Rising EU-Turkey tensions take center stage with Borrell visit to Ankara

With EU accession talks frozen, the bloc’s foreign policy chief faces the tough task of creating a new negotiation table for the bloc and Ankara to address rising tensions.

al-monitor European Union Foreign Policy Chief Josep Borrell speaks during a media conference after a meeting titled Supporting the Future of Syria and the Region, in videoconference format at the European Council building in Brussels on June 30, 2020.  Photo by VIRGINIA MAYO/POOL/AFP via Getty Images.

Jul 7, 2020

ISTANBUL — Tasked with addressing a growing list of grievances between European Union member states and Turkey, EU Foreign Policy Chief Josep Borrell wrapped up a two-day visit to Ankara Tuesday.

From migration to the Libyan war and conflicting resource claims in the eastern Mediterranean, Borrell sought to mediate rising EU-Turkey tensions on multiple fronts as some European leaders have criticized Ankara for taking increasingly unilateral actions at the bloc’s expense.

“Currently the situation is far from being ideal,” Borrell said in a joint press conference with Turkish Foreign Minister Mevlut Cavusoglu Tuesday. “There are many serious issues that require our immediate attention.”

The visit comes ahead of two key debates next week by the European Parliament and the EU Foreign Affairs Council regarding Turkey’s recent actions in the region after French officials voiced the possibility of imposing new sanctions on Ankara for its gas drilling activities near Cyprus.

Speaking Tuesday, Cavusoglu hit back at such threats, which have taken on a new urgency after a June 10 standoff between the French and Turkish ships in the Mediterranean Sea resulted in France pulling out of a naval exercise.

“We observe that Turkey will be on the agenda of the EU in the coming days,” Cavusoglu said at the press event. “Taking decisions against Turkey will not resolve the existing problems; on the contrary, it will deepen them. If the EU takes additional measures against Turkey, we’ll have to respond.”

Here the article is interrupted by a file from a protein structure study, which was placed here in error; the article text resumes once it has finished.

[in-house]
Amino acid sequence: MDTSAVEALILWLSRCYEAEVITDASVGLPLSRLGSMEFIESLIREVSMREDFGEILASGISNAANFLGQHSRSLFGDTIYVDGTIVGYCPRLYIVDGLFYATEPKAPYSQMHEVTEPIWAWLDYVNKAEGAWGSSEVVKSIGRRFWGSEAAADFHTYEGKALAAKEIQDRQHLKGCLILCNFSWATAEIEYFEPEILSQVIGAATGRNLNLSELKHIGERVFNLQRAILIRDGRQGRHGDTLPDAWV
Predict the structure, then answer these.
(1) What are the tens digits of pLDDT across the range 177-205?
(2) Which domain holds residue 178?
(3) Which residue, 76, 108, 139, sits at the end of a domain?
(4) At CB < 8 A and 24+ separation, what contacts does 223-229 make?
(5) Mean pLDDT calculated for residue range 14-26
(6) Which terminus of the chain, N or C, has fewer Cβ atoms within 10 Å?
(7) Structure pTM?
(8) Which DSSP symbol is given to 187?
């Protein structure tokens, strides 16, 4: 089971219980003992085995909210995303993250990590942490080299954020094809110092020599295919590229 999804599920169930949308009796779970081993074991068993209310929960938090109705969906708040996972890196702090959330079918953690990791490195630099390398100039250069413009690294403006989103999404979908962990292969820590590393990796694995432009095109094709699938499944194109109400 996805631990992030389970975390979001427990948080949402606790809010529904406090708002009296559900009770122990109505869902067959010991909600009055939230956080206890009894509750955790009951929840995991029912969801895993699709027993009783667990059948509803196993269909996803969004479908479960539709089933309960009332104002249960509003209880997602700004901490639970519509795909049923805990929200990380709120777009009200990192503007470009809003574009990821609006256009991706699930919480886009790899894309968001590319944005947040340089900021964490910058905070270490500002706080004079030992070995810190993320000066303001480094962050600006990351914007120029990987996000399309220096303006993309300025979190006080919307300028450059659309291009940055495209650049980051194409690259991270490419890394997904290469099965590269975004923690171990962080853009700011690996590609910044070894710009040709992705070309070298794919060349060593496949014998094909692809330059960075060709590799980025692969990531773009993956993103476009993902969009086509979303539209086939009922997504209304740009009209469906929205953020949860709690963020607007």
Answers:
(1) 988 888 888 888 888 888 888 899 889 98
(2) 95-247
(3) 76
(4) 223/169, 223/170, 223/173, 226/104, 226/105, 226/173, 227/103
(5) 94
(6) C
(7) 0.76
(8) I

The row comes after weeks in which French and Turkish officials traded insults publicly and questioned each other’s commitments to the NATO alliance. The two nations back opposing sides in the Libyan war, where Turkish support helped turn the momentum in favor of the UN-recognized Tripoli government.

Now Borrell heads back to Europe to tend to the difficult task of mitigating EU-Turkey discord, though he does so without the aid of the bloc’s traditional platform for mitigating ties with Turkey: the EU accession process.

With membership talks stalled since at least 2016, analysts say Borrell and EU leaders must create a new negotiating table for Ankara and Brussels to address shared interests and sort out regional disputes.

“It is very clear that Turkey-EU relations are in a stalemate and accession negotiations are frozen,” Ilke Toygur, an analyst of European Affairs in Elcano Royal Institute, told Al-Monitor. “This is a very fragile status quo, and any development in the eastern Mediterranean or any moves in Libya may have severe consequences,” she added.

Since the collapse of membership talks, Toygur said Ankara has redefined bilateral relations mainly by leveraging border security and migration management.